I. Listening

I learned from the age of two or three that any room in our house, at any time of day, was there to read in, or to be read to. My mother read to me. … She was an expressive reader. When she was reading “Puss in Boots,” for instance, it was impossible not to know that she distrusted all cats. -Eudora Welty

Unlike many writers, I don’t have early memories of being read to. My mother must have read to me though, because I dream in red and green.

What I remember most is being played to.

My father was a professional musician. If his saxophone was not in hand, he was parked at the piano bench. He loved to jam and had gigs most weekends. His speech was peppered with the jargon of a musician, a language that came to separate me from my friends who had fathers who weren’t musicians.

Dad talked a lot about the past – the days when he was on the road with the band and when he won “battle of the bands” in high school.

When he picked me up from school, he always had the window rolled down and a portable boom box in the passenger side seat. He would usually be listening to a recording he had made that day. His head would shake up and down, back and forth. He’d lean forward in his seat and move his ear to the boom box.

We didn’t talk too much on the drive home though he asked the questions that parents often do, “How was school? What did you do today?”  I don’t remember giving answers. This is probably because my dad, an impatient and nervous type, found some way to answer the questions himself or to turn up his music.

Like my dad, I played the piano. We both shared a love for Vince Guaraldi.

I practiced in the afternoons after school.  When I played, I received immediate applause and, for every birthday and holiday, more sheet music.

I took lessons for 12 years but no longer play regularly. Today, though I love music, I find myself more attracted to words than notes.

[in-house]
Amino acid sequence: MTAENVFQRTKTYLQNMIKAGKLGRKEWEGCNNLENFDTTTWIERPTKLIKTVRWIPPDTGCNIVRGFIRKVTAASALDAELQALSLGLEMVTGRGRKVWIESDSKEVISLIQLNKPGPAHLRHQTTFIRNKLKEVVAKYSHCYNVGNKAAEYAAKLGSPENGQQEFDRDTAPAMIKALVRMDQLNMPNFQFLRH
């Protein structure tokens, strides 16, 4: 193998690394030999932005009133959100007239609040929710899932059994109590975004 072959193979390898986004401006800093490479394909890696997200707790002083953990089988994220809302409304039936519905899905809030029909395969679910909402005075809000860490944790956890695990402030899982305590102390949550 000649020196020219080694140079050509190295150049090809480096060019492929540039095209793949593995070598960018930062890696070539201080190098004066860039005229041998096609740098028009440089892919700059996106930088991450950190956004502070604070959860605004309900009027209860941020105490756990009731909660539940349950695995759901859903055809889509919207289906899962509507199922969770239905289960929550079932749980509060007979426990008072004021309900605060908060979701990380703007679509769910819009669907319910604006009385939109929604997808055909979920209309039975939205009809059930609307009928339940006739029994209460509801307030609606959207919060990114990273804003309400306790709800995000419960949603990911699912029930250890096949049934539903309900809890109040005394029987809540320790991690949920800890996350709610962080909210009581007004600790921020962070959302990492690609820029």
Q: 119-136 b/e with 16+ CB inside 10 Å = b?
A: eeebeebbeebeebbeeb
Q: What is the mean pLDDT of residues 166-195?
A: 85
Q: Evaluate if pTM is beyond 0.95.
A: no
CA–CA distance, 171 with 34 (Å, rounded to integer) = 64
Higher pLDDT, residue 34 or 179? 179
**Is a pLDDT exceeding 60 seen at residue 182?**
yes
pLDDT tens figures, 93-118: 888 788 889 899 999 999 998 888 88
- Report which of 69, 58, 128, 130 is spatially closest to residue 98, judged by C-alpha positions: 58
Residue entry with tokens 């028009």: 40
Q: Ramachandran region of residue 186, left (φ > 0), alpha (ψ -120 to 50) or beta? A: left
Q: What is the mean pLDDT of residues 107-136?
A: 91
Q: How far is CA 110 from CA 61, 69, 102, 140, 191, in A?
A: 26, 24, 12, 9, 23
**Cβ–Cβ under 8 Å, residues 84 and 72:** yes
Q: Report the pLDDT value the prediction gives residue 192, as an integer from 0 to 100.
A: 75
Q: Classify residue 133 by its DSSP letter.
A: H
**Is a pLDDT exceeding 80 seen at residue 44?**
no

Like my mom, I love talk radio. Every night when I was in high school, we listened ourselves to sleep and talked ourselves awake over cheerios. When I went away to college, I stopped listening. I didn’t want the noise to disturb my new roommate. It seemed important, in those sacred moments before sleep to preserve some sort of silence – though this proved difficult in a noisy freshman dorm in the middle of Los Angeles.

Last summer I returned to college for a literary journalism class at the University of Iowa. The focus of the class was on profile writing. We read and discussed the profiles of three famous Americans:

Then, we wrote our own – of each other.

Before pairing us up our instructor armed us with interviewing skills and techniques.

“Be sure to listen,” she advised. “The worst feeling is ending an interview and realizing you’ve done all the talking.”

I, personally, had been more worried about the speaking part.

At the end of the workshop, I read the profile about me. The headline read, “Listening and being heard.” I like to think it’s true.

I can’t recall exactly what I told my interviewer, but I do remember my interview with her. I remember  her work with motherless children and her daily afternoon tea with her mother who died when she was in high school. I remember her quirky Brooklyn apartment and ski vacations with friends, her basketball victories and brother who joined a cult. Maybe I remember because I’m a good listener. But I also know I’ve consistently found the world and people that surround me far more exciting than myself.

As I prepared to leave Oakland to study at The Bread Loaf School of English this summer, I had a conversation with a friend about my writing. She asked me if I’d like to write a book one day.

I might, I told her, but I wasn’t sure what I would write about.

“I don’t know what compels writers to write,” she responded, “but they must feel like they have something
to say. Maybe one day you’ll have something to say.”

Her statement, I thought, made sense. Writers would naturally write with something to say – with purpose and a strong voice. I bet that’s how Hemingway wrote.

But the idea that an overwhelming desire to say is needed to writing something well is troubling.  Maybe it troubles me, because I know I don’t have “it.” I lack the overwhelming desire to say.

I don’t write to say. I say to write.

It’s nice to think that for some writers, saying simply happens when they’re handed a pen. I never have held my pen the right way.

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